A midwife is a specialist in pregnancy and birth, appointed by pregnant women to provide care and support before, during, and after the birthing process. Their care typically begins in the antenatal period, and they’ll usually remain in contact with the expectant mother until after labour, sometimes providing ongoing support in the following weeks.
Midwives are only trained to support mothers experiencing a ‘normal’ pregnancy, the name given to a pregnancy where no complications arise. They are generally not trained to deliver sophisticated medical care, and in the case of complications, will usually defer to a medical doctor or other suitably qualified professional.
There are a range of different types of midwives, with the differences boiling down to their level of training and their form of employment. However, they will all generally be well-trained in their duties, experienced, and capable of providing valuable support to pregnant women throughout the antenatal period, birth, and postnatal period.
The role of a midwife
‘So, what does a midwife do?’, you might be asking yourself. The truth is that their role is relatively broad, which means it’s difficult to define. Midwives in general, and private midwives in particular, will tend to tailor their support to the woman they’re working with. Typically, though, they will take on duties including:
Prenatal appointments for routine pregnancy monitoring and detection of complications
Ultrasound imaging sessions and prenatal blood work
Providing parenting education to prepare the parents-to-be
Delivering information to help support a healthy pregnancy, including nutritional and exercise advice
Helping to smooth communication between expectant parents and other medical professionals
Working on a birth plan with the mother-to-be
Providing ongoing emotional and mental support
Providing support during labour and birth
Supporting the new parents during the postnatal period
Are midwives qualified?
Conventionally, to become a midwife in the UK, you must have a degree in midwifery which takes three years to complete. However, existing registered nurses can complete a shorter course, typically 18 months in length, to qualify. These courses typically involve mixed forms of learning, from formal education about the different facets of maternity care in the UK to practical placements in community or hospital settings.
That means all midwives are qualified with at least 18 months of education under their belt, and experience applying their skills in the field. They’re also required by law to register with the Nursing and Midwifery Council (NMC) before being permitted to practice as a midwife.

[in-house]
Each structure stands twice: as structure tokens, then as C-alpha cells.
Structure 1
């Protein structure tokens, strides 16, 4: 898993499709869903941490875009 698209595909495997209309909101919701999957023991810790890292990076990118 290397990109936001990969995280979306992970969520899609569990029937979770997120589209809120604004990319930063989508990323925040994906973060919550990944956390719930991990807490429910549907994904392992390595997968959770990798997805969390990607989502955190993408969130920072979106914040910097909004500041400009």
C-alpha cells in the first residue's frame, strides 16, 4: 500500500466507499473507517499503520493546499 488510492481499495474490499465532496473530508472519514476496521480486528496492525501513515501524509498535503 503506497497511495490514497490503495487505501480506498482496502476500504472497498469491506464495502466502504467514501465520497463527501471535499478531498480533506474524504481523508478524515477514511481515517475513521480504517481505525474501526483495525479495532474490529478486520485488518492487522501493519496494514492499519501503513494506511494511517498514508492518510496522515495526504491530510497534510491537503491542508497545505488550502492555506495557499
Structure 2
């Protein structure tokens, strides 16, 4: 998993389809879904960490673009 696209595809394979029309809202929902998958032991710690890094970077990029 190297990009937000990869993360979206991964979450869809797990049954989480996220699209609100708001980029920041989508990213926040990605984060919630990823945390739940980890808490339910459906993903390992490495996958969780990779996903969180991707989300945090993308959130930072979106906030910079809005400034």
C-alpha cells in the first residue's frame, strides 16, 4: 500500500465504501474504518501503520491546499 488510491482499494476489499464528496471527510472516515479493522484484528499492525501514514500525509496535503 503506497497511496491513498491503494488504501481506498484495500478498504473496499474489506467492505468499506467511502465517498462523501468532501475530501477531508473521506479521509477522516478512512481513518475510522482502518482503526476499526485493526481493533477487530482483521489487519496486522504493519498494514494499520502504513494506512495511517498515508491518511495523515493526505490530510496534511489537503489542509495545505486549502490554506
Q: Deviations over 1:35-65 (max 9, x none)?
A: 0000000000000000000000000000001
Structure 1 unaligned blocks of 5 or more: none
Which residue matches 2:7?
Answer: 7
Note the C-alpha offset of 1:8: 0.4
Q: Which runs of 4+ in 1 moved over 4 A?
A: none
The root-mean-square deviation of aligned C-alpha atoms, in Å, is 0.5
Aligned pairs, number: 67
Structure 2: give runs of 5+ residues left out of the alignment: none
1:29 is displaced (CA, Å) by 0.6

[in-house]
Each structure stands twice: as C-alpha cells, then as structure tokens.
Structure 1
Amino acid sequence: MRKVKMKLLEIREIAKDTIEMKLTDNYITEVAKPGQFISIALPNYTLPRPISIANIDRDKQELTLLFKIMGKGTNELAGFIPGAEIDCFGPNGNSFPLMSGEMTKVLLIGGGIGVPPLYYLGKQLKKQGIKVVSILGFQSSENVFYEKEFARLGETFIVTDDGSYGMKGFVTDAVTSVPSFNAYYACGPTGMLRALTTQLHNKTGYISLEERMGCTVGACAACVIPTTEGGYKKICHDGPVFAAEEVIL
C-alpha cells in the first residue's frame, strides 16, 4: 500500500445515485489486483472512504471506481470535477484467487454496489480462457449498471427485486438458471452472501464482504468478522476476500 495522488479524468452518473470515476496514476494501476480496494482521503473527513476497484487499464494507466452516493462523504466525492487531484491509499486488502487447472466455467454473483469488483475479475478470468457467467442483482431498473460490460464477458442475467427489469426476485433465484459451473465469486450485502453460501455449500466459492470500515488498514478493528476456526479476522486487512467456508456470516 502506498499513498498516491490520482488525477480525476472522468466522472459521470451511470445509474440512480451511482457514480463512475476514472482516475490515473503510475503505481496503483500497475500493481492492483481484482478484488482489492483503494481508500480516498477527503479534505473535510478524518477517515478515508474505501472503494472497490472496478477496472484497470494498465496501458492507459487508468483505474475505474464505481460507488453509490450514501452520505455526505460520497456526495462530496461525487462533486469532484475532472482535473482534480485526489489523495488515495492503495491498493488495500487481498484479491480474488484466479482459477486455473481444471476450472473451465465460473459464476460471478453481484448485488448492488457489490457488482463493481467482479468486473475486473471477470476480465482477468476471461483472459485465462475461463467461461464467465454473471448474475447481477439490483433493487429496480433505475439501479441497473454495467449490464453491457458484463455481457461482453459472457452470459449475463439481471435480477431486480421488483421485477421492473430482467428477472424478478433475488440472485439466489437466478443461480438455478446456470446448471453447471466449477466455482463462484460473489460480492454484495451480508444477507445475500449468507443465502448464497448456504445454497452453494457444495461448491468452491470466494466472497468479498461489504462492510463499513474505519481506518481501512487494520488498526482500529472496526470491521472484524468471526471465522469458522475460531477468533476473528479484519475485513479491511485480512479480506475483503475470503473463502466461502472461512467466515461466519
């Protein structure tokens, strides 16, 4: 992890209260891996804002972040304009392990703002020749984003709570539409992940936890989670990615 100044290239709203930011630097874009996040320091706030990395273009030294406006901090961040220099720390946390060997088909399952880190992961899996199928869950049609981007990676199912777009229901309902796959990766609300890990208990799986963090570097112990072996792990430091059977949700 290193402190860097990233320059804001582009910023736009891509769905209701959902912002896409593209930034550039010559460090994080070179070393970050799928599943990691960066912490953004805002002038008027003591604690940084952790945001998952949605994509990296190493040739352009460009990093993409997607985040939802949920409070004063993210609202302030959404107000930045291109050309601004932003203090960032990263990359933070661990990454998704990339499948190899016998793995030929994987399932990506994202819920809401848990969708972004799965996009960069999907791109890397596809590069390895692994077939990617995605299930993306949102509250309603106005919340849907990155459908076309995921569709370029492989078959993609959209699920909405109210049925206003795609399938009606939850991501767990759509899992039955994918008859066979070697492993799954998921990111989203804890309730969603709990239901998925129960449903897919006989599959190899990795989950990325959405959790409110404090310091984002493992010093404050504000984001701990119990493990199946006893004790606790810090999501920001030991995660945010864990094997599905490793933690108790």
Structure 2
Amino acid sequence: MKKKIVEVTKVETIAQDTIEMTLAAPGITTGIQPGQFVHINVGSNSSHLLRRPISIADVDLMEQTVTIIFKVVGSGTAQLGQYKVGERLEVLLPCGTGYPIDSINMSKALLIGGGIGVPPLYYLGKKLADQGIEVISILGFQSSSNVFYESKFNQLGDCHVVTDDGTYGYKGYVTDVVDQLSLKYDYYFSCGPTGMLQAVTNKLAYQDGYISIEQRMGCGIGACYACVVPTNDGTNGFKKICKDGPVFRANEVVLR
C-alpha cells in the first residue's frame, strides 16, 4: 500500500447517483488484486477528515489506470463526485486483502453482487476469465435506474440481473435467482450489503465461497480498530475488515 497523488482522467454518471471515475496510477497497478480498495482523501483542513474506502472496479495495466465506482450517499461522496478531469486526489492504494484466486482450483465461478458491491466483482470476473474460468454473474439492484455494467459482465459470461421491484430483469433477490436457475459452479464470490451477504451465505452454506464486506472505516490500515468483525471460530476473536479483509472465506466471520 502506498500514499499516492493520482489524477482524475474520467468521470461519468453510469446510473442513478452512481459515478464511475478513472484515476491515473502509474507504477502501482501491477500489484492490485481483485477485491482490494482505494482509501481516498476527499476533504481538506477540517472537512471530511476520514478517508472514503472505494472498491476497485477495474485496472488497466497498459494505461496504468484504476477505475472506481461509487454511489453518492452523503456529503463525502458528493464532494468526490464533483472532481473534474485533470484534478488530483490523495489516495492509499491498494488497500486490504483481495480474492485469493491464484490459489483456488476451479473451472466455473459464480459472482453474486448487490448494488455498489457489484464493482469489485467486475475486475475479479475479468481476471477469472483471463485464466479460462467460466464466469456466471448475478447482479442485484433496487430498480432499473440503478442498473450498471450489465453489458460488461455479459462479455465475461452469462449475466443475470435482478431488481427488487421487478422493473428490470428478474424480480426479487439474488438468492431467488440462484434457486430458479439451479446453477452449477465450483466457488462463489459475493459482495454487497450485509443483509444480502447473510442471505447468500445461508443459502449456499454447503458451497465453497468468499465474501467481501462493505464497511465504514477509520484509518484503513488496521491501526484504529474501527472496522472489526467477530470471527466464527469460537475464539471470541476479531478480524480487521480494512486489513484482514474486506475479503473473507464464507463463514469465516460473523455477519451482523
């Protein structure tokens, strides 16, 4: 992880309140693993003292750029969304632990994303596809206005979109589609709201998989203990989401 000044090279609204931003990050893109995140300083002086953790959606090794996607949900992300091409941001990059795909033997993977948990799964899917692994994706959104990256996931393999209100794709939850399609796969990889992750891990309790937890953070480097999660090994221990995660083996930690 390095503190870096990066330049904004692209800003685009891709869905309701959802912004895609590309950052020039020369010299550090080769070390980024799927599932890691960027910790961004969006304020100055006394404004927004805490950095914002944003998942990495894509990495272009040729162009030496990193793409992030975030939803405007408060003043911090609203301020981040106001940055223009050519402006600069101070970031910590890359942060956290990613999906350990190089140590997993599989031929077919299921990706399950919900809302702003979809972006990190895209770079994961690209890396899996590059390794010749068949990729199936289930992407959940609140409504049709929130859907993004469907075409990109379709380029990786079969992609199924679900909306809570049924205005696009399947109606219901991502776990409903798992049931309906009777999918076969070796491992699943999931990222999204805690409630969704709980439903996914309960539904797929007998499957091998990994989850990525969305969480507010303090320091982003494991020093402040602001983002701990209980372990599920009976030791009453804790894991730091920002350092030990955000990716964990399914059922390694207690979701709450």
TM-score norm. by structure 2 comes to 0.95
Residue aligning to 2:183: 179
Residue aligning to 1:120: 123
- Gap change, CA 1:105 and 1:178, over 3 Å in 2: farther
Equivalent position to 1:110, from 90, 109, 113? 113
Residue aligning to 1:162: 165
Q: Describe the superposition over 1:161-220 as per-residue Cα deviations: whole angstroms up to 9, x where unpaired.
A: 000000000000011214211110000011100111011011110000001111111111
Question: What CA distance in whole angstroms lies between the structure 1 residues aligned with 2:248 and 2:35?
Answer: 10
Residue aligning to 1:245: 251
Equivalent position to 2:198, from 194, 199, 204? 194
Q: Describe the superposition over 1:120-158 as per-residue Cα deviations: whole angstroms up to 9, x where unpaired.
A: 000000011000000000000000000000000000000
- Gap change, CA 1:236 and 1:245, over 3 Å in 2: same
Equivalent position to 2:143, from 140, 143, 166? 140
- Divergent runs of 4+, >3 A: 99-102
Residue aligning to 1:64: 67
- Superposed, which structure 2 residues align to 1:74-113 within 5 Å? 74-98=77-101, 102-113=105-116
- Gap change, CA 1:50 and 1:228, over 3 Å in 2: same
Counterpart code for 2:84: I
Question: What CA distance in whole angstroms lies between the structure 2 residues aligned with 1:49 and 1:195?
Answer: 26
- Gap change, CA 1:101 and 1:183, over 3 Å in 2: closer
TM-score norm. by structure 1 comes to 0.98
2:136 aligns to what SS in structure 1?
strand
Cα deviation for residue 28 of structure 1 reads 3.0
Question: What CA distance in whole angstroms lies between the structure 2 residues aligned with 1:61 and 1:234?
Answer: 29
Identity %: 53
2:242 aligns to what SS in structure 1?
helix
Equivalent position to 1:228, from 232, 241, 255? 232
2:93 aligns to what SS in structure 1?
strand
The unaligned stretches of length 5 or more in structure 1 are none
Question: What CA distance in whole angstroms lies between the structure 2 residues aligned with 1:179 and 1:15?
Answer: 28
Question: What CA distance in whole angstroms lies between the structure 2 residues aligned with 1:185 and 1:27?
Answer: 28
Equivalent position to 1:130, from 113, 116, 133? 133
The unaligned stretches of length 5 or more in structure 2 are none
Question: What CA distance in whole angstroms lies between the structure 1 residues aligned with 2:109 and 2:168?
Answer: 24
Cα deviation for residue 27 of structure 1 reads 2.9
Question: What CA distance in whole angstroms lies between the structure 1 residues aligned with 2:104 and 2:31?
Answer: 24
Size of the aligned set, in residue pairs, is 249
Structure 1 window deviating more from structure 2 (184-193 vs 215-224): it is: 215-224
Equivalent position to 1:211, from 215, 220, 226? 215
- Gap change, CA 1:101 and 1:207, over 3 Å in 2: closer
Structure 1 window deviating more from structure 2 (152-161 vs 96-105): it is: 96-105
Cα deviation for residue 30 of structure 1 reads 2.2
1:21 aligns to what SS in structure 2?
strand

Types of midwives
As mentioned, midwives can apply themselves in different capacities, from working with the NHS as a hospital midwife to being an independent self-employed private midwife. These are the four most common types of midwife in the UK:
Private midwife – Private midwives are fully qualified and registered with the Nursing and Midwifery Council, just like their NHS counterparts. However, instead of working in the public sector, they instead provide their services on an independent basis or through a private sector employer.
Hospital midwife – Hospital midwives are midwives, typically employed by the NHS, who are based in a hospital. They can work across a variety of wards, including antenatal clinics, labour wards, and postnatal wards.
Community midwife – Community midwives tend not to provide their support in a hospital setting, instead providing care in the community. This can mean working with parents-to-be at their home or in a community clinic. They often work as a part of a larger team.
Student midwife – Student midwives are midwives-in-training, providing support alongside qualified midwives while on placement during their studies.
Contrary to relatively popular belief, doulas and birth companions are not midwives, due to the fact they’re not required to be qualified or registered with the NMC.
Do I need a midwife?
Nobody can tell you with any certainty whether you need a midwife – it’s a personal choice. However, there are some considerations which might be able to help you to decide. Potential reasons you may want to appoint a midwife include:
It’s your first pregnancy, and you’re worried about a lack of support
You want a close contact throughout your pregnancy to provide information
You have a broader team of medical professionals involved, and want somebody to be able to help manage them
You’re unsure about your birth plans, and want a second, educated opinion
You’re planning on appointing postnatal care, and would rather it was consistent with antenatal care
How to choose a midwife
If you feel like a midwife would benefit you, your next decision is whether to use an NHS midwife or appoint a private one. They perform highly similar roles, with the private option tending to be a little more tailored, and there will be no functional difference in their training or qualification level. Which one you go for really depends on personal preference – whether you’d like to pay for a more personalised level of care.
You can browse private midwives in your area using My Health Assistant, and contact them directly through our platform. If you’re looking to find a midwife that suits you perfectly, start searching today.